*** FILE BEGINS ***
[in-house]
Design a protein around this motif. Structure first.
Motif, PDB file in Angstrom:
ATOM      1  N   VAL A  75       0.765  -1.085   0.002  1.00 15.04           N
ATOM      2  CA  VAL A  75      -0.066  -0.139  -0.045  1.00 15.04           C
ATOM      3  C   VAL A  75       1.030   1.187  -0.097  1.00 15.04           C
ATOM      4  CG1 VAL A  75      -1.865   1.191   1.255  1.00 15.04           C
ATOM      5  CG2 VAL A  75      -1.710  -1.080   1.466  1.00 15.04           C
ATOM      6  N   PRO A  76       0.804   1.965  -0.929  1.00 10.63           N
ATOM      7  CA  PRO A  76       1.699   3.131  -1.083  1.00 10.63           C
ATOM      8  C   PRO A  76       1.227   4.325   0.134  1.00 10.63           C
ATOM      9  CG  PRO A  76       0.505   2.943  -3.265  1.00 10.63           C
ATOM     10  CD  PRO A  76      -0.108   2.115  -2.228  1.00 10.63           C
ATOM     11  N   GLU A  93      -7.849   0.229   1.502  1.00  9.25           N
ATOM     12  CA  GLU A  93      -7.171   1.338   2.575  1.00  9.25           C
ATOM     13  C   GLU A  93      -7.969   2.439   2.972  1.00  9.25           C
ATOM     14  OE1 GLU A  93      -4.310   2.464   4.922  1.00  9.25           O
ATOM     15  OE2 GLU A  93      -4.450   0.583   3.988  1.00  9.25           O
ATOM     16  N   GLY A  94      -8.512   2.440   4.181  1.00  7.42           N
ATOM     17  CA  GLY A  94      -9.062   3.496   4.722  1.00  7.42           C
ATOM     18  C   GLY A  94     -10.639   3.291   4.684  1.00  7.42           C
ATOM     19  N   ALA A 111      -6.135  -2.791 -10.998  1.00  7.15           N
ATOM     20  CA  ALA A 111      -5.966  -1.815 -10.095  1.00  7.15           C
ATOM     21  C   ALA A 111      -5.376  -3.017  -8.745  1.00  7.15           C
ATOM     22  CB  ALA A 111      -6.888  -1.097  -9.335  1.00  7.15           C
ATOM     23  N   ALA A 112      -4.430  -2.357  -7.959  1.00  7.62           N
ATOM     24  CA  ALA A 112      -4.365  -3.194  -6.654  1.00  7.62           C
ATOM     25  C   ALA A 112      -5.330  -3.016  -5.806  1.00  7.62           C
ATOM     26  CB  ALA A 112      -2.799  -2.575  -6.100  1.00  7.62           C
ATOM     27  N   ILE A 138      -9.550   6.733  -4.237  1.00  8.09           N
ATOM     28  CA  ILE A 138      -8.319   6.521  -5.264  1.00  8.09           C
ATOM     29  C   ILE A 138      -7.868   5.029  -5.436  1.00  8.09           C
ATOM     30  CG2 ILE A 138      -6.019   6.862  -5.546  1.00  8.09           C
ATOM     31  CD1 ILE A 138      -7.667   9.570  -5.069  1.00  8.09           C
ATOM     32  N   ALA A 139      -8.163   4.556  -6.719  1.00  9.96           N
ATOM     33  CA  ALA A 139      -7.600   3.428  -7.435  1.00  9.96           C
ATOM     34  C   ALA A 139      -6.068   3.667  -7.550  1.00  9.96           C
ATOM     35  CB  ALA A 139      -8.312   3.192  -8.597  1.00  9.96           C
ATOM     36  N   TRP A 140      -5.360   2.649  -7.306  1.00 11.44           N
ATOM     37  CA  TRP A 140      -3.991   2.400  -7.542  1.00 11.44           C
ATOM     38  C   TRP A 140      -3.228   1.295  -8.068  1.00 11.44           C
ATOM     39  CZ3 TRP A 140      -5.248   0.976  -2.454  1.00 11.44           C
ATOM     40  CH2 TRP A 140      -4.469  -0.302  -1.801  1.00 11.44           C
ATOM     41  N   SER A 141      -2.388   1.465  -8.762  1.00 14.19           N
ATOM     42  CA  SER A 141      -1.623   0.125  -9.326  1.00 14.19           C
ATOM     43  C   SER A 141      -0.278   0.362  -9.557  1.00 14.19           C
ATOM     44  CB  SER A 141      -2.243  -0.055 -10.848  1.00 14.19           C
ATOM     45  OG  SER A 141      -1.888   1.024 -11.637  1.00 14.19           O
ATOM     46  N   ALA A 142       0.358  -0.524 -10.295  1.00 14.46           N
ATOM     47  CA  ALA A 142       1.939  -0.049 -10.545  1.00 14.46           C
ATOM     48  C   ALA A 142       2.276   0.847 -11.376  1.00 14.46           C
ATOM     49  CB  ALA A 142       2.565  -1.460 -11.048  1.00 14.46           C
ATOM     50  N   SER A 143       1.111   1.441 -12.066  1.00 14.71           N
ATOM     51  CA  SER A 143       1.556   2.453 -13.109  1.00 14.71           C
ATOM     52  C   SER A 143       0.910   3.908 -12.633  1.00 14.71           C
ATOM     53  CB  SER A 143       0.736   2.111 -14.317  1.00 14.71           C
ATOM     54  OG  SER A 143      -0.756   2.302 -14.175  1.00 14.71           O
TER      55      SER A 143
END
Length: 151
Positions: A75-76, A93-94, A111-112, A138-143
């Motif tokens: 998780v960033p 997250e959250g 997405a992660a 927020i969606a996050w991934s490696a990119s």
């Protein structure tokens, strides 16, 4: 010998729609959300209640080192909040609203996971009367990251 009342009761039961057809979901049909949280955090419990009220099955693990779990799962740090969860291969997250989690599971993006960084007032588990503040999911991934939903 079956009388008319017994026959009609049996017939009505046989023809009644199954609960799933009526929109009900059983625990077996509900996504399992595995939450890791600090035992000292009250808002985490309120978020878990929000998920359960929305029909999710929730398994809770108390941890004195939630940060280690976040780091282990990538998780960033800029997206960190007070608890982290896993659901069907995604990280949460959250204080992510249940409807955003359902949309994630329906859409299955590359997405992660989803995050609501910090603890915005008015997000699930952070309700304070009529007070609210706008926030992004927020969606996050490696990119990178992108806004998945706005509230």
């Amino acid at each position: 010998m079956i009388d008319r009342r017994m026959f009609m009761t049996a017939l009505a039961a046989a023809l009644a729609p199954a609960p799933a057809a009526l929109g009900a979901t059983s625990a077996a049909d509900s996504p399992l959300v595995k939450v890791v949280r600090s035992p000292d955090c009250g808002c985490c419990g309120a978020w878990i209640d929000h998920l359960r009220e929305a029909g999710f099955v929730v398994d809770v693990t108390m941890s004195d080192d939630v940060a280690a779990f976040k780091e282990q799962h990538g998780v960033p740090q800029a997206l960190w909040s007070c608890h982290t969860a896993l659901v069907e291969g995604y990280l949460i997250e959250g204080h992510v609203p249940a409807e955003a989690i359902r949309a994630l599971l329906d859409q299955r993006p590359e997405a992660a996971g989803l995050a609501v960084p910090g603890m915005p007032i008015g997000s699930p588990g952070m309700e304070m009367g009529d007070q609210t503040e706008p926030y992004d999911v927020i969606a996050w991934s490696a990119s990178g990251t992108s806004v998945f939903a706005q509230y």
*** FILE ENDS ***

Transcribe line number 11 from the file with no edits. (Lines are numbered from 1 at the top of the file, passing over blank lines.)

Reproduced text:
ATOM      8  C   PRO A  76       1.227   4.325   0.134  1.00 10.63           C